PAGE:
"* * * [T]he stronger reasons and the weight of authority sustain the rule that, where a motion for a new trial is made on account of communications to the jury during their deliberations, there is a rebuttable legal presumption that they were prejudicial to the moving party, that this presumption may in some cases be overcome by evidence, and that where competent evidence is offered it is the duty of the trial court to hear and consider it, and that when it does so, and decides the motion thereon, its decision is discretionary, and is reviewable by a federal appellate court for abuse of discretion only." Id. at 521.


A new trial was denied as the Government was able to produce substantial evidence that defendant was not prejudiced by showing that the jury's verdict had been reached before the statements by the deputy marshal. Mattox v. United States, 146 U.S. 140, 148-150, 13 S.Ct. 50, 36 L.Ed. 917 (1892); Wheaton v. United States, 133 F.2d 522 (8th Cir. 1943); accord, Ray v. United States, 114 F.2d 508 (8th Cir. 1940), cert. denied, 311 U.S. 709, 61 S.Ct. 318, 85 L.Ed. 461 (1940).


In the instant case, the Government produced no evidence or affidavits to show that defendants were not prejudiced by the judge's instruction made in their absence. Rather, the Government offers the record, comprising some two thousand pages, for our examination in apparent hope that we will provide that which it failed to produce when the hearing was had on the motion for new trial. We have carefully canvassed the record and find nothing therein remotely indicating a lack of prejudice.


As for the Government's argument that the statements were not coercive and, therefore, did not affect the verdict, we find little merit. See Jenkins v. United States, 380 U.S. 445, 85 S.Ct. 1059, 13 L.Ed.2d 957 (1965). In Jenkins, after slightly more than two hours' deliberation, the jury advised the trial judge that it was unable to agree "on both counts because of insufficient evidence." The judge recalled the jury and in the course of his response stated, "You have got to reach a decision in this case."7 The instruction was given in open court in the presence of defendant and his counsel after which the jury retired to their homes overnight and continued deliberating the next morning before reaching a verdict. The Supreme Court, per curiam, held "upon review of the record, we conclude that in its context and under all the circumstances the judge's statement had the coercive effect attributed to it." In the case at bar, the jury deliberated for a considerable length of time and returned a verdict only after the "Allen plus" instruction had been given. We are not clairvoyant and have no way of knowing the effect of the judge's communication with the jury. This was a multicount indictment, and, for all we know, the jury could have been in disagreement as to Count II — the count upon which the guilty verdict was returned. We will not second-guess the jury.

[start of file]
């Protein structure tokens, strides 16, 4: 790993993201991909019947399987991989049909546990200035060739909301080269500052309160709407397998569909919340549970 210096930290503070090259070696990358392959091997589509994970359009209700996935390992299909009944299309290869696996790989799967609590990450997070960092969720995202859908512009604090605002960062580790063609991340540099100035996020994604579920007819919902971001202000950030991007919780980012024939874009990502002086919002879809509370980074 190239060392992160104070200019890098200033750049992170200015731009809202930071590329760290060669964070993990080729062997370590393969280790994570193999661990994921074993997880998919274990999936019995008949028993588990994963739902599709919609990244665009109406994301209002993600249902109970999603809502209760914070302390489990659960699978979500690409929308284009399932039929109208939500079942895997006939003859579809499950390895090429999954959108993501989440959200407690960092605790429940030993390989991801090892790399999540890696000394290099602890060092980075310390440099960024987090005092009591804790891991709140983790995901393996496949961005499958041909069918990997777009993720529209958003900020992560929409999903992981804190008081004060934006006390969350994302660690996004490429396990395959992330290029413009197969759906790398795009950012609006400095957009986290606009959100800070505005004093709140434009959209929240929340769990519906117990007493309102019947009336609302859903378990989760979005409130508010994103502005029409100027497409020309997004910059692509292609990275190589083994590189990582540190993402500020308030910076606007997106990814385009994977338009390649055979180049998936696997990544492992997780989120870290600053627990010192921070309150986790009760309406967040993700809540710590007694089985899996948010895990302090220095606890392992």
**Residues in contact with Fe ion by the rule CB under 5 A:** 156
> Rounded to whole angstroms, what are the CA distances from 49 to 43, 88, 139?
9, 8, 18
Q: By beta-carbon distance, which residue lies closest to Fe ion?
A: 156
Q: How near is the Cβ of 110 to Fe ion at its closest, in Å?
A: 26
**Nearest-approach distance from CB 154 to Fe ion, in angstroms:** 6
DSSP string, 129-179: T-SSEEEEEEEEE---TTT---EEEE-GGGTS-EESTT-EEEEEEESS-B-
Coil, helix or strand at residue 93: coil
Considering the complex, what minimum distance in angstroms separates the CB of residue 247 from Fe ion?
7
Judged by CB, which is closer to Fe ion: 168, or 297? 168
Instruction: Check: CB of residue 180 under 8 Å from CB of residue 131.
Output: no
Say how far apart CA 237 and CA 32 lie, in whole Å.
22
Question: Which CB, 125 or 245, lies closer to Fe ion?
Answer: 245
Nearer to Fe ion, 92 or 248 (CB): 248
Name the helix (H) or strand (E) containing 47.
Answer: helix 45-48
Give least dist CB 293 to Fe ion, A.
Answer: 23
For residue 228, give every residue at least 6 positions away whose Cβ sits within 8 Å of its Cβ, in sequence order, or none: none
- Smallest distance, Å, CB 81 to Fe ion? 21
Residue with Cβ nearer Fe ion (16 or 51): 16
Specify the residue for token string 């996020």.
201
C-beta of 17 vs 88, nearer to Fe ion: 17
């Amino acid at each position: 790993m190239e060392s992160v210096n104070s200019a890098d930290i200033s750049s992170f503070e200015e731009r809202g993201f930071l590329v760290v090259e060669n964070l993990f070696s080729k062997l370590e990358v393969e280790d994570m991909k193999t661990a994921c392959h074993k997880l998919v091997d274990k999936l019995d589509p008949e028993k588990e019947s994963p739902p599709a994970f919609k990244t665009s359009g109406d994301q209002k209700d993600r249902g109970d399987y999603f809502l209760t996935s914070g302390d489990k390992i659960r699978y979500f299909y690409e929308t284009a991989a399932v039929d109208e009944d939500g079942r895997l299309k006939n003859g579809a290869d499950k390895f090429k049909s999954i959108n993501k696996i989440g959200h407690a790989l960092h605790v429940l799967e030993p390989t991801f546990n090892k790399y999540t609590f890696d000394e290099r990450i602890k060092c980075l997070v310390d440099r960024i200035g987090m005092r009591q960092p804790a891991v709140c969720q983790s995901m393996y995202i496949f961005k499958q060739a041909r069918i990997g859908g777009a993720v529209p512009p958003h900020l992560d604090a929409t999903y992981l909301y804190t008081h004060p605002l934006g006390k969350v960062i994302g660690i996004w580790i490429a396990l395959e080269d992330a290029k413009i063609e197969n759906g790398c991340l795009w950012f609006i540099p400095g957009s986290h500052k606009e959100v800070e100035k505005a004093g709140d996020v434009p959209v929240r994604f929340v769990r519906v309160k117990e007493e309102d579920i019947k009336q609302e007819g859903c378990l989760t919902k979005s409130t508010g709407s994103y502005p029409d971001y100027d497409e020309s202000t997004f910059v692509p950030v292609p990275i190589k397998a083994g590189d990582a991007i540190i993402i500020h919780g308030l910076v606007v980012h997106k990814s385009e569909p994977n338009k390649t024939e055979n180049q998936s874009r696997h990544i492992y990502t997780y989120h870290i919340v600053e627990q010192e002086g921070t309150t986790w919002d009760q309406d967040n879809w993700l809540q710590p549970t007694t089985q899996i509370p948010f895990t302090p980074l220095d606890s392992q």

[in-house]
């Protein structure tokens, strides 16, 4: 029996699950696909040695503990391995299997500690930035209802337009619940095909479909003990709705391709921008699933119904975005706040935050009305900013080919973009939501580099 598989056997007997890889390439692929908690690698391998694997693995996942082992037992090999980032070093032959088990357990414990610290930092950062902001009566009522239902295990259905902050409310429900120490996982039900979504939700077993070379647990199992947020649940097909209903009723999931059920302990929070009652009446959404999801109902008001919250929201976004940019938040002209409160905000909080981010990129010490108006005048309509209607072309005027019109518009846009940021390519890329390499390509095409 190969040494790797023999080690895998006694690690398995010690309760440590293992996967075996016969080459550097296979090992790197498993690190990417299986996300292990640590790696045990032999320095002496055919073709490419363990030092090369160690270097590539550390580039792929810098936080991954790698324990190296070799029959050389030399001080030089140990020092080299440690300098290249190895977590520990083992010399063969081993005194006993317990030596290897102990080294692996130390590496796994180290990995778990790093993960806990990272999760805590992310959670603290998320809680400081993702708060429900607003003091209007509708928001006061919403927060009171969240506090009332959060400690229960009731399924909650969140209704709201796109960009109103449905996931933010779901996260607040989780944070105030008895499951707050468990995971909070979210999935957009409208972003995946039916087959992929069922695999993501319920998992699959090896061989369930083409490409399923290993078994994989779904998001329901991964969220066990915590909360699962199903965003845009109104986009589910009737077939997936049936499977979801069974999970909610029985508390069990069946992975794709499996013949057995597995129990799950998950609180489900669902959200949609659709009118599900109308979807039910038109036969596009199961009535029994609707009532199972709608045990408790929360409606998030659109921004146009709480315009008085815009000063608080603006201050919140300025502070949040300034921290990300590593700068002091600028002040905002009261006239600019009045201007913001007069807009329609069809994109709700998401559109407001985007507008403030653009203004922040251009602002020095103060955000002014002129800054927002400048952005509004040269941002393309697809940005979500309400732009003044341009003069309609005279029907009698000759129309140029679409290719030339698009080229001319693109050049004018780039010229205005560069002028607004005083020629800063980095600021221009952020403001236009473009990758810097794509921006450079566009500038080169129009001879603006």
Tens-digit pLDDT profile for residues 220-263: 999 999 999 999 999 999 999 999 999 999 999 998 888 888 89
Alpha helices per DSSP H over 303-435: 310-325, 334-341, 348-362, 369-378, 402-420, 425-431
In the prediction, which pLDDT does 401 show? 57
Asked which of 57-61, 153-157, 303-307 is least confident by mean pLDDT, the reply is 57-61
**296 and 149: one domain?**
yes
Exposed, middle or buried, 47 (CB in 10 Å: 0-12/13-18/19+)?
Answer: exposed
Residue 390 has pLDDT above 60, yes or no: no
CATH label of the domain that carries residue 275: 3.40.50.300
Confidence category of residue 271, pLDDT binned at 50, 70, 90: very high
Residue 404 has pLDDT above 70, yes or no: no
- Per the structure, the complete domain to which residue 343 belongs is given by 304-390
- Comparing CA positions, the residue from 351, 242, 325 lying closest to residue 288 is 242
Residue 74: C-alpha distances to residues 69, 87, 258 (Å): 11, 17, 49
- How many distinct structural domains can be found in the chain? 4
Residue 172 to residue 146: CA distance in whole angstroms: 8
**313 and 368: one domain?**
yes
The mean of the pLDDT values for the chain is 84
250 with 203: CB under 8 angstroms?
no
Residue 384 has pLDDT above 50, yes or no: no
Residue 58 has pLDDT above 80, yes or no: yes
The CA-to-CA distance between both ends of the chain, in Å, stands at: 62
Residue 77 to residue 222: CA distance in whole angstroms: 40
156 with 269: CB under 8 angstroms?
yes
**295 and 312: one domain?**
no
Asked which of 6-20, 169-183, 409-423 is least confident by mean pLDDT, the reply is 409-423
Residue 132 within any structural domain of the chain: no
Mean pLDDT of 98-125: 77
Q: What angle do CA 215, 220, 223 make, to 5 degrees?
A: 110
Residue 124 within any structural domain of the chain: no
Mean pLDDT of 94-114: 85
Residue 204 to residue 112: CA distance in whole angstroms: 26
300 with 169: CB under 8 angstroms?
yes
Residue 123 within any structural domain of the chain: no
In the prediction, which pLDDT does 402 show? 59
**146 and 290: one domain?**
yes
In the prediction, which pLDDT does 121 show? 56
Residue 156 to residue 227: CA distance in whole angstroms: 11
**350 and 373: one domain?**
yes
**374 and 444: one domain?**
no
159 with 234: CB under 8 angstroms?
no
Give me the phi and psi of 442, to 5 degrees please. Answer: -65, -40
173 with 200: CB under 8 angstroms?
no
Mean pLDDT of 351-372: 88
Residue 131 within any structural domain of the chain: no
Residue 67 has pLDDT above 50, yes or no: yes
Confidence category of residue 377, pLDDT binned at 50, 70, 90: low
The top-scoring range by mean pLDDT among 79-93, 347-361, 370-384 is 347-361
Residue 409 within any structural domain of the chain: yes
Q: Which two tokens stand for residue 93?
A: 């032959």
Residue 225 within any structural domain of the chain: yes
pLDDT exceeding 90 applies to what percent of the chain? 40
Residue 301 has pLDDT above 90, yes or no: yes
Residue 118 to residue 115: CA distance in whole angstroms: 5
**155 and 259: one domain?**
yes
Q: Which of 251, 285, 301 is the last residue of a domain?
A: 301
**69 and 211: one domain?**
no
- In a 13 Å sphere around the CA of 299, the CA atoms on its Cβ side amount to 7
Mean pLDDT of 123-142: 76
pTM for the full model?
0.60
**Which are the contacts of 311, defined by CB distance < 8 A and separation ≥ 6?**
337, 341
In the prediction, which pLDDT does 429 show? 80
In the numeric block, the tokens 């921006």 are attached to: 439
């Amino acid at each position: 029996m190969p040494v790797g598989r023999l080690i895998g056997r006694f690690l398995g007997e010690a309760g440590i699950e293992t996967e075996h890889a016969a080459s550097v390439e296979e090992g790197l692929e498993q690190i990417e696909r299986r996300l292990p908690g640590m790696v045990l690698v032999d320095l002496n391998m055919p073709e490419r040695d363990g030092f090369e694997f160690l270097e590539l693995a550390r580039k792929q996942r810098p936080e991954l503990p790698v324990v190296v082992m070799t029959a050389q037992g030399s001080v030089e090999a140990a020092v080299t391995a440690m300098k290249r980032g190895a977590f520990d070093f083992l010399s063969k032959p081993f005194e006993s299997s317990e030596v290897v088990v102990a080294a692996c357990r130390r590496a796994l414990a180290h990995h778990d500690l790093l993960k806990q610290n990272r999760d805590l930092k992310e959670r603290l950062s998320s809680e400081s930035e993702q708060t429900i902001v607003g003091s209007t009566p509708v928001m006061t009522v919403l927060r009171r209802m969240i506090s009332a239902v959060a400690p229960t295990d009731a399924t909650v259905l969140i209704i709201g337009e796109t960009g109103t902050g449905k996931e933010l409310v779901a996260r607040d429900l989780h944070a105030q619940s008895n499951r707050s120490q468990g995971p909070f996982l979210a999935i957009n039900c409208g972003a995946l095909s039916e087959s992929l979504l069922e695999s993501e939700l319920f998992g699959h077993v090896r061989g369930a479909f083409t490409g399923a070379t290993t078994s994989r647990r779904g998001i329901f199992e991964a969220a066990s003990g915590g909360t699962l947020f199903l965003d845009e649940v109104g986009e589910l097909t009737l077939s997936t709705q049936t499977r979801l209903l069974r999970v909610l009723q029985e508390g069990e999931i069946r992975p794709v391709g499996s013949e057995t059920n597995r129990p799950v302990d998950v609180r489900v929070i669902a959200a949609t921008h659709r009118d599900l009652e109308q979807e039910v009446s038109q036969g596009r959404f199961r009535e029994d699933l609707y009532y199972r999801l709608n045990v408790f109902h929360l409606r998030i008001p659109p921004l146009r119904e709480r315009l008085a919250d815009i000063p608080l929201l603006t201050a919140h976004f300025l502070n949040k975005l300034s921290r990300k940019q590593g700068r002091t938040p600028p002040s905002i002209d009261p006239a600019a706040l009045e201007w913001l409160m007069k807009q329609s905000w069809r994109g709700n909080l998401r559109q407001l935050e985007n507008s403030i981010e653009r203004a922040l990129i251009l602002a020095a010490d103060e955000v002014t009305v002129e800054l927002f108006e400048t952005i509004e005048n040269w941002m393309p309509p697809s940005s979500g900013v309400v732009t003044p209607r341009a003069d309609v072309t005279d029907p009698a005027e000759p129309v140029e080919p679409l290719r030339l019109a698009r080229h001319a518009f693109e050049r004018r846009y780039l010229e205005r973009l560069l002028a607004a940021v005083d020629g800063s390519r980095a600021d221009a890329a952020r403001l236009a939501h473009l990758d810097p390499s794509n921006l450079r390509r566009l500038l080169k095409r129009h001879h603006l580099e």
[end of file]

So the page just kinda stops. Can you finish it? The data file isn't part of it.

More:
Since our reversal requires a new trial, it would serve no useful purpose to discuss other issues presented by this record.


The judgment is reversed and the cause is remanded for new trial.



18 U.S.C.A. § 371:

"If two or more persons conspire either to commit any offense against the United States, or to defraud the United States, or any agency thereof in any manner or for any purpose, and one or more of such persons do any act to effect the object of the conspiracy, each shall be fined not more than $10,000 or imprisoned not more than five years, or both."

18 U.S.C.A. § 1505:

"Whoever corruptly, or by threats or force, or by any threatening letter or communication, endeavors to influence, intimidate, or impede any witness in any proceeding pending before any department or agency of the United States, or in connection with any inquiry or investigation being had by either House, or any committee of either House, or any joint committee of the Congress * * *.